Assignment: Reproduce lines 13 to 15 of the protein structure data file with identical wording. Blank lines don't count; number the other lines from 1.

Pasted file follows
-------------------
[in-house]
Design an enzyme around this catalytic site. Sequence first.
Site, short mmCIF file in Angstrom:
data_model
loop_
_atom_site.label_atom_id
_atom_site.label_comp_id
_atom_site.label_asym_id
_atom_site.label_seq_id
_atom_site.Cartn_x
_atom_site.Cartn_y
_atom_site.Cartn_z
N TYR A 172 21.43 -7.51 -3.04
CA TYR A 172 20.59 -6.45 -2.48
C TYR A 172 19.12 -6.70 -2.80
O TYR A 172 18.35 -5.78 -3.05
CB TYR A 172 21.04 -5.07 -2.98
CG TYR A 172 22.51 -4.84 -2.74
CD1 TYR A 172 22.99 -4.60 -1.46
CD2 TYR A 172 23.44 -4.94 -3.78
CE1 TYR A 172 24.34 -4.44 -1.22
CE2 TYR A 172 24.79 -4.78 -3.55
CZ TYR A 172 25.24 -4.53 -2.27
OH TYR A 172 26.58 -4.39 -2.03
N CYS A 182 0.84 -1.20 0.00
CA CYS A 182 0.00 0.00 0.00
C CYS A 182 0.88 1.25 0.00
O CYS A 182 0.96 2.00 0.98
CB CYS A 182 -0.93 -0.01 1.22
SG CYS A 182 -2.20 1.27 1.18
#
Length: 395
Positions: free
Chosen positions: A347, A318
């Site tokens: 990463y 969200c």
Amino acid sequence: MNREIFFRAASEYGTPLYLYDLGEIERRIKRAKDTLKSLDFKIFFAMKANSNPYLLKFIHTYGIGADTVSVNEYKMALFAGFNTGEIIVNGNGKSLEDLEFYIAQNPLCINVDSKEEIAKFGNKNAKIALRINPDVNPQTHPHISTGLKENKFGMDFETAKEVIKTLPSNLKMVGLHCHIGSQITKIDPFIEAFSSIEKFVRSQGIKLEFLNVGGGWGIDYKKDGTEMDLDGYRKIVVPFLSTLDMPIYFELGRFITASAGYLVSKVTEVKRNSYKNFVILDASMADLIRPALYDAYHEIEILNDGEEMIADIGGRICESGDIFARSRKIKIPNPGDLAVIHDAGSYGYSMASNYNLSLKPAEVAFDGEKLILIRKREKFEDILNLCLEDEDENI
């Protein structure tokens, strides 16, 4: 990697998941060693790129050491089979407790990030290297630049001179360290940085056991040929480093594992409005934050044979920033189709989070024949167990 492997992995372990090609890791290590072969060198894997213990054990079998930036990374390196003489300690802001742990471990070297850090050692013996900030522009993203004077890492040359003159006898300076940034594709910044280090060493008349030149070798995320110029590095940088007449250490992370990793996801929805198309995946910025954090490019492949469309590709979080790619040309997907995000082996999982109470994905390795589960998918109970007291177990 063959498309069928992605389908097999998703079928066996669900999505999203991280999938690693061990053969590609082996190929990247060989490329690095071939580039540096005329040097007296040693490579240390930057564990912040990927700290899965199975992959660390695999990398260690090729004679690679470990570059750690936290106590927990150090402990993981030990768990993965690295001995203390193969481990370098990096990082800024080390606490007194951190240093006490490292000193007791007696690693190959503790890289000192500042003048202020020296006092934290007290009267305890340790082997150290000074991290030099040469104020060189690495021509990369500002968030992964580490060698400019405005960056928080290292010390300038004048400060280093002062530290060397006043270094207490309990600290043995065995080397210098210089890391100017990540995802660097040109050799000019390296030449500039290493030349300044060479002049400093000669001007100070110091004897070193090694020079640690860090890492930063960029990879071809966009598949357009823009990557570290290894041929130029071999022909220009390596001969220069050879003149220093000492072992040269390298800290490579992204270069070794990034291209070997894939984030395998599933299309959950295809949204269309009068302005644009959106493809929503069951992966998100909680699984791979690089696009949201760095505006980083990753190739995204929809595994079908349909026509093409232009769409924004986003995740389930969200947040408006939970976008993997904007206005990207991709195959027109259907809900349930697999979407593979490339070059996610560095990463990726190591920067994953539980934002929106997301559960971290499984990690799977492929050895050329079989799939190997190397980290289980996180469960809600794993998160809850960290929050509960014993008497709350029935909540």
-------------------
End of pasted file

N TYR A 172 21.43 -7.51 -3.04
CA TYR A 172 20.59 -6.45 -2.48
C TYR A 172 19.12 -6.70 -2.80